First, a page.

With the administrations of Theodore Roosevelt and Woodrow Wilson, the American presidency underwent many profound changes. Chief among those was a radical evolution in the interaction of the president with the general public. Divided into three sections, the ten essays of this volume focus on that evolution and offer thought-provoking analyses ...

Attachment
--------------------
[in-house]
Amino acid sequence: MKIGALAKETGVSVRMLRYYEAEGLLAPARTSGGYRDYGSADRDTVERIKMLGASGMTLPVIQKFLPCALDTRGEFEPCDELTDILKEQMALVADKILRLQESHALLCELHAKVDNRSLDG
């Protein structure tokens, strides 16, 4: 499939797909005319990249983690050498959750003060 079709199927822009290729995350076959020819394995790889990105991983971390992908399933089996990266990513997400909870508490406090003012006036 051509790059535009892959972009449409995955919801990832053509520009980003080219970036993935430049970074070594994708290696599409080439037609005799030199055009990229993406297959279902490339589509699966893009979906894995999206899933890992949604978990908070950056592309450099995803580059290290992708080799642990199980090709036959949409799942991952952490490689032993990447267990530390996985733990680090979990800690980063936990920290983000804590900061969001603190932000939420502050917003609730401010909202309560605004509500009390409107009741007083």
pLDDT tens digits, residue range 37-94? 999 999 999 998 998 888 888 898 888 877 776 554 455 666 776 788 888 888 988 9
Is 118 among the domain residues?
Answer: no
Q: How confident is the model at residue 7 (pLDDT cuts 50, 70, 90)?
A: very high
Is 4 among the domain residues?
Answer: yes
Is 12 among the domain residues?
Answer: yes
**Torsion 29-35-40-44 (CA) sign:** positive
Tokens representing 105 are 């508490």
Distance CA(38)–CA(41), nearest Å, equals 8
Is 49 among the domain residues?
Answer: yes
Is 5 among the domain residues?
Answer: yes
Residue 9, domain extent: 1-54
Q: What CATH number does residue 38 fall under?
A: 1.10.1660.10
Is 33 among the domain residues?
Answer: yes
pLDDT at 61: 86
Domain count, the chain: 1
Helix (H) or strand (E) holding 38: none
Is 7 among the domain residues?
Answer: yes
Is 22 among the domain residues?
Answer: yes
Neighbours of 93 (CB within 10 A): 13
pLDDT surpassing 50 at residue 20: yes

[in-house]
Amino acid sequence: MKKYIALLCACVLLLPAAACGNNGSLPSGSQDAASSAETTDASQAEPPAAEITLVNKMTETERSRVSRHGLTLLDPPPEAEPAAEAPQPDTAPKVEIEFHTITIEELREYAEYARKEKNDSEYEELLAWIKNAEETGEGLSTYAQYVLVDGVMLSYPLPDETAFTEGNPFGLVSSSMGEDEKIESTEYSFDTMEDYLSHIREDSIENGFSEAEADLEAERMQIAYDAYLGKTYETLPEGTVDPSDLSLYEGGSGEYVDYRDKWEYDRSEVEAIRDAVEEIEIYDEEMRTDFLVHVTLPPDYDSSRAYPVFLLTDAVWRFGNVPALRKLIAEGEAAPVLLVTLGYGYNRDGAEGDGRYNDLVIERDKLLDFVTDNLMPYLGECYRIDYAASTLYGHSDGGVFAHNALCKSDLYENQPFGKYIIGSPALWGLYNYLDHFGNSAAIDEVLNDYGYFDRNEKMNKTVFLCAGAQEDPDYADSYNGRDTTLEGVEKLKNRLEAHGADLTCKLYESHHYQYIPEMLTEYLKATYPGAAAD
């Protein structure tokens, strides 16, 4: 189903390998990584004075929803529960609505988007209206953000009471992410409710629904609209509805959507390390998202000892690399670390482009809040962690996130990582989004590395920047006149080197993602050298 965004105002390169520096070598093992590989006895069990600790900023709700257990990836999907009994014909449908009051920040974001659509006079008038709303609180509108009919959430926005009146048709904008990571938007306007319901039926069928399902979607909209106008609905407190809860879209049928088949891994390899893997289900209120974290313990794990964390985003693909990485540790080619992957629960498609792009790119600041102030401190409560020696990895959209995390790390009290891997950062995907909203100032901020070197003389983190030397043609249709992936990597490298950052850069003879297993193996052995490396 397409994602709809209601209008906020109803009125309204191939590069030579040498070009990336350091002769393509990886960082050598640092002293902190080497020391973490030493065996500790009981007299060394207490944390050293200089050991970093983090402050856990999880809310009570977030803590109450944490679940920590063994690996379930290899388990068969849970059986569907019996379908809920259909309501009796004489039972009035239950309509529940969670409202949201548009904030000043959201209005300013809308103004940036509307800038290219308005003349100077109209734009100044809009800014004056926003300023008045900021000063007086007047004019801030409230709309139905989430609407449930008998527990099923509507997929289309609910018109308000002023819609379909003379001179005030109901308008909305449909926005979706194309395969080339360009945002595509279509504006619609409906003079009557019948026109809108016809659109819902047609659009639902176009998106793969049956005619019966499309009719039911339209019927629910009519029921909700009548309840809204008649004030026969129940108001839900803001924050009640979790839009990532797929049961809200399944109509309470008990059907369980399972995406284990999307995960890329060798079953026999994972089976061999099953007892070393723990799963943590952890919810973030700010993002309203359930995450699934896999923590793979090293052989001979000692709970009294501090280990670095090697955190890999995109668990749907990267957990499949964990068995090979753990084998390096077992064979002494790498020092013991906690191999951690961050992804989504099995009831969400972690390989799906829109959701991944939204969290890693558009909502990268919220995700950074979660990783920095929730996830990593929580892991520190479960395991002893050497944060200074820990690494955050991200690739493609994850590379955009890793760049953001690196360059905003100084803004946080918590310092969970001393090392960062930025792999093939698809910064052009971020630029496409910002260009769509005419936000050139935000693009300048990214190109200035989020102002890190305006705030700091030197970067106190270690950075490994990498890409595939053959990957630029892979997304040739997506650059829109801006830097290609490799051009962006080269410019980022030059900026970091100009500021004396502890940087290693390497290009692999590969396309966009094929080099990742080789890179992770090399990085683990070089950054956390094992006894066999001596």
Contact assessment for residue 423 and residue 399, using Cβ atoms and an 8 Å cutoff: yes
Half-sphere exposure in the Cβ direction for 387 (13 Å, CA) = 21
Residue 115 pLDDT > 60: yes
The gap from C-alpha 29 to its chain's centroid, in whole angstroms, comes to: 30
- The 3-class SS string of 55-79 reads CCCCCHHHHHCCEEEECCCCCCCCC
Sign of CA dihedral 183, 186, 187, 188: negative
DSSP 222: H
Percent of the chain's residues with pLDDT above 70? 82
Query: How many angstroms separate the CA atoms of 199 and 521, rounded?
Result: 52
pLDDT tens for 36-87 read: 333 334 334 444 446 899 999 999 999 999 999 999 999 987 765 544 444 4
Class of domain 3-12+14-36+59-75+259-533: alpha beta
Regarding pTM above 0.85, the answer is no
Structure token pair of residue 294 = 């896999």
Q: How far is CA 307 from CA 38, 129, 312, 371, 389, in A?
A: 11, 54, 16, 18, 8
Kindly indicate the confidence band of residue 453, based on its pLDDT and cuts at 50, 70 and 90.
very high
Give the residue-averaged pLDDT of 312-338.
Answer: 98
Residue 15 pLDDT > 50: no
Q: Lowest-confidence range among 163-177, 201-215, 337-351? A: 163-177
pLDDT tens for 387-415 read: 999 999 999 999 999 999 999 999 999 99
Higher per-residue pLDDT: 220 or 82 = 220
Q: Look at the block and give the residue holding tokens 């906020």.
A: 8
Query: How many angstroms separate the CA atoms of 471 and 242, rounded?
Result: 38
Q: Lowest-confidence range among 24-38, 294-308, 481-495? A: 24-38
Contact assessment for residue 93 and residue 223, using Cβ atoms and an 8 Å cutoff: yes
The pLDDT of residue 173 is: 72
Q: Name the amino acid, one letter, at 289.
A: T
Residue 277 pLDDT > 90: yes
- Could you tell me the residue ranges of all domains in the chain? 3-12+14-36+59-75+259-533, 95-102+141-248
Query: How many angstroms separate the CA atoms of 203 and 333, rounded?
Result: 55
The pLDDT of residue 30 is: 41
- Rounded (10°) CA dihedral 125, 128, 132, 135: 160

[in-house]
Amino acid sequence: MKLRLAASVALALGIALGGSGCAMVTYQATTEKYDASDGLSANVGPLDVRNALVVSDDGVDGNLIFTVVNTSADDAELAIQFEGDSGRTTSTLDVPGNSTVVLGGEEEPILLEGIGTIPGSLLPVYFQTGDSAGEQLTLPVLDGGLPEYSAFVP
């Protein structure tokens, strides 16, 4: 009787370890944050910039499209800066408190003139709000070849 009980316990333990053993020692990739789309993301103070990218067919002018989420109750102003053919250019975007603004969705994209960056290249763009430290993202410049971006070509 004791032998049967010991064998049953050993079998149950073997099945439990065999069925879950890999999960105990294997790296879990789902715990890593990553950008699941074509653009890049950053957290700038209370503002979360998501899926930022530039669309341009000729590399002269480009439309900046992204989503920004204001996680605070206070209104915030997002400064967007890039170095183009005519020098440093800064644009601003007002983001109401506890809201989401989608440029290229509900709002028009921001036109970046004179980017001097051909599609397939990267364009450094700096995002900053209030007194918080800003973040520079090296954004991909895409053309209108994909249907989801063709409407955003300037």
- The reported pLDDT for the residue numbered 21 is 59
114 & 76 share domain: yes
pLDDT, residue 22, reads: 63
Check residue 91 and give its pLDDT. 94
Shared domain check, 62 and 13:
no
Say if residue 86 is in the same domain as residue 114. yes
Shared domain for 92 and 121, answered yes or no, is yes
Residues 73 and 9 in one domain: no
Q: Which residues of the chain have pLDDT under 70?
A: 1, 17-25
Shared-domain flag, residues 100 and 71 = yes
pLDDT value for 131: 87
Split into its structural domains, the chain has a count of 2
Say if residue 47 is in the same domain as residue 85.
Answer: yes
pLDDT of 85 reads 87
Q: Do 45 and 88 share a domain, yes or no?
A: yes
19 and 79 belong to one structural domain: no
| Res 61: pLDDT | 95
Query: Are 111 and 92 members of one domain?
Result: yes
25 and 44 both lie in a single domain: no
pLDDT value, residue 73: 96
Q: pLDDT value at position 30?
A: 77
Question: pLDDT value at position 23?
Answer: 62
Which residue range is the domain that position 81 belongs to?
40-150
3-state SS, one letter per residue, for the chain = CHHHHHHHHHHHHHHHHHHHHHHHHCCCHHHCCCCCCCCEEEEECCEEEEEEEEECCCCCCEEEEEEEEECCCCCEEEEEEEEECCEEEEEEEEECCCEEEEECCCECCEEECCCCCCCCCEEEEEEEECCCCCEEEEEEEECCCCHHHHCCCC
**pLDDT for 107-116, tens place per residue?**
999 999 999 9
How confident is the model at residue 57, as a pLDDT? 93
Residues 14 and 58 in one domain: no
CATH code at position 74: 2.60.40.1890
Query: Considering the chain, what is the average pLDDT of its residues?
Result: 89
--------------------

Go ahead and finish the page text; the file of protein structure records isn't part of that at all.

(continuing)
With the administrations of Theodore Roosevelt and Woodrow Wilson, the American presidency underwent many profound changes. Chief among those was a radical evolution in the interaction of the president with the general public. Divided into three sections, the ten essays of this volume focus on that evolution and offer thought-provoking analyses concerning the role of presidential rhetoric in passing policy, generating support, and promoting public discourse. In Part I, Jeffrey Tulis, who introduced the concept of the rhetorical presidency more than a decade ago, considers how the dilemmas he envisioned as part of that concept change just as the political arena changes. Glen E. Thurow reflects on private virtue and public duty as aspects of presidential character. Bruce E. Gronbeck argues that the electronic age has fundamentally changed the nature and impact of presidential rhetoric and, indeed, the presidency itself, while Thomas W. Benson contemplates whether politics is even possible in the environment of current computer-mediated communications. Part II turns from theoretical and metatheoretical explorations to practical criticism in a series of case studies. Roderick P. Hart and Kathleen Kendall evaluate the significance of a single telephone conversation about civil rights between Vice President Lyndon Johnson and Theodore Sorenson in June, 1963. Using Richard Nixon's rhetoric as the example from which to draw general themes and issues, Edwin Black considers the complex moral economy that supports presidential self-invention. G. Thomas Goodnight uses the debate over Ronald Reagan's policy toward Central America to study "rhetorical history . . . contested memory and the uses of time in the service of power." Robert L. Ivie examines Graubard's critique of presidential war rhetoric in the context of the Persian Gulf action. Karlyn Kohrs Campbell presents a framework for understanding the public views of the First Lady, focusing on Hillary Rodham Clinton but drawing historical parallels. Finally, Part III of this volume offers a social scientific assessment of the theoretical and interpretive research on presidential rhetoric from one of the nation's leading scholars of the presidency, George Edwards. An introduction and afterword by series editor Martin J. Medhurst seek to clarify the nature and status of the debate about the rhetorical presidency. "Beyond the Rhetorical Presidency" offers scholars with an interest in speech communication and political science a volume that reexamines the place and significance of presidential rhetoric.
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